However, the emerging economies, in particular the phenomenal growth of China and India, had dramatically transformed the demand for Africa’s mineral and agricultural resource. The search for new frontiers of investment opportunities by the emerging countries and the need for advanced countries to reduce domestic demand and to reform were other major reasons to encourage Africa to become the next growth pole. Indeed, overall, the Prime Minister added, “the current global environment thus creates a unique opportunity for us to use our demographic and natural resources’ advantage to attract investments and catch this new wave of industrial relocation.” At the same time “we have to liberate our minds from the neo-liberal ideological shackles that have hindered progress”. This has devastated Africa’s economies over the past decades. It needs to be discarded before the continent can do the things that it needs to do to transform its economies. African governments should now make massive investments in infrastructure mostly through public investments, build primary, secondary and tertiary level education and technical and vocational training and train their people. Where possible, the private sector should fill the gaps.
In his address, Dr. Jean Ping, Chairperson of African Union Commission, also noted that Africa had the potential to become a driving force in the world economy. He underscored the need to create an enabling economic environment to unleash its potential and eradicate poverty. He emphasized that Africa was on a rising economic trajectory because of the efforts of African countries to improve macroeconomic growth.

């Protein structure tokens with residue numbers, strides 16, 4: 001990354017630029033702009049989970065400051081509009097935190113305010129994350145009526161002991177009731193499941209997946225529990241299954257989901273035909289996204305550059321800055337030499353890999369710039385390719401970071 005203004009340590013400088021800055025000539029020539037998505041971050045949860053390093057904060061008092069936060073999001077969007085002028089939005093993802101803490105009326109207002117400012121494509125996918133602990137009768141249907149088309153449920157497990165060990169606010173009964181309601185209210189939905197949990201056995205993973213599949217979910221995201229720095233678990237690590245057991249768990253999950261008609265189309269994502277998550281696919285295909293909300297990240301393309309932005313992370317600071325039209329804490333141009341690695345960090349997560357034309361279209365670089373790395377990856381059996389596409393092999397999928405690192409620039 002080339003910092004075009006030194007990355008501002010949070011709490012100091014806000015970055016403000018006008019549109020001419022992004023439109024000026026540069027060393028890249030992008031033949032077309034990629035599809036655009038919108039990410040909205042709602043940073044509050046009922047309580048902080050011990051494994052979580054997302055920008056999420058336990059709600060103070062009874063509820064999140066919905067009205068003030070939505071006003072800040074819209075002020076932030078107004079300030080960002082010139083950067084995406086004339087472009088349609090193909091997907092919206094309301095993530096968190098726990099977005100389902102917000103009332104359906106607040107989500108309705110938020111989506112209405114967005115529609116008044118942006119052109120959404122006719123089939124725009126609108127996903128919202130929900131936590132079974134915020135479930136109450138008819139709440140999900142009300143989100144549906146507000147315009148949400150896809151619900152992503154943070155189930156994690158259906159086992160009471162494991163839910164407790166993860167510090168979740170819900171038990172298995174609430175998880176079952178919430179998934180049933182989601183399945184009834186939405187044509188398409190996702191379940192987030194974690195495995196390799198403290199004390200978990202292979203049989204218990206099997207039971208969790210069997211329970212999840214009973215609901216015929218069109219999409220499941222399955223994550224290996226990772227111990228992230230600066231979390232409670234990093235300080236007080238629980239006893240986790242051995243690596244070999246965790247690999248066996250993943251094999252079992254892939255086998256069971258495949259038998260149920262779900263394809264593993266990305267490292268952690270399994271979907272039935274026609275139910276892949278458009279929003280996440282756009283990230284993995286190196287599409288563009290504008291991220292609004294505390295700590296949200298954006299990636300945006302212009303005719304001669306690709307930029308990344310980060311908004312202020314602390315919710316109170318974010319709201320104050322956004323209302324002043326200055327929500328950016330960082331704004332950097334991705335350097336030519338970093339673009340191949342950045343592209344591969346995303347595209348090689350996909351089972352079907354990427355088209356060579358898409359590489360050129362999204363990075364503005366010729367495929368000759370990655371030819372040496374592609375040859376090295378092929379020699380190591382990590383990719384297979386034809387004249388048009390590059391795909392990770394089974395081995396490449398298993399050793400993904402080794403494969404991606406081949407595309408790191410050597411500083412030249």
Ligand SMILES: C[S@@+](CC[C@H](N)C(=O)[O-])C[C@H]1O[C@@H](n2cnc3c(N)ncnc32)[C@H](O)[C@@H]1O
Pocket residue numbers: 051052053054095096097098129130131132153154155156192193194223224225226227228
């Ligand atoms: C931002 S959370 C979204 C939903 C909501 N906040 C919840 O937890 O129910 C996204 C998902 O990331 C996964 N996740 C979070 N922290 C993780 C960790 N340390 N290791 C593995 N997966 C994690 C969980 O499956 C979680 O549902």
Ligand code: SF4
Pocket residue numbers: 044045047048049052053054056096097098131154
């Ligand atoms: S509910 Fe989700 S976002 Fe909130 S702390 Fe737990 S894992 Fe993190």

Baseless accusations don’t affect Ethiopia’s proper use of aid
Recently, it has been quite common for reports from international organizations to detail the way Ethiopia since 1991 has embarked on its ambitious transition to a democratic state under the leadership of the Ethiopian People’s Revolutionary Democratic Front (EPRDF). The country has held four multi-party elections and established a decentralized system of governance. Aiming to become a middle-income country by 2025, it has organized a succession of medium term plans based on the Millennium Development Goals. The first of these was the Sustainable Development Program for the Reduction of Poverty (SDPRP), and the second the Program for Accelerated and Sustained Development to End Poverty (PASDEP) with poverty reduction as a central policy concern. The successful administration of these programs provided bold steps towards accelerated growth with emphasis on commercialization of agriculture and private sector development as well as scaling up of pro-poor investments and the promotion of good governance and democracy to achieve the MDGs. The share of total spending on poverty-related sectors from 42% in 2002/03 to over 64% by the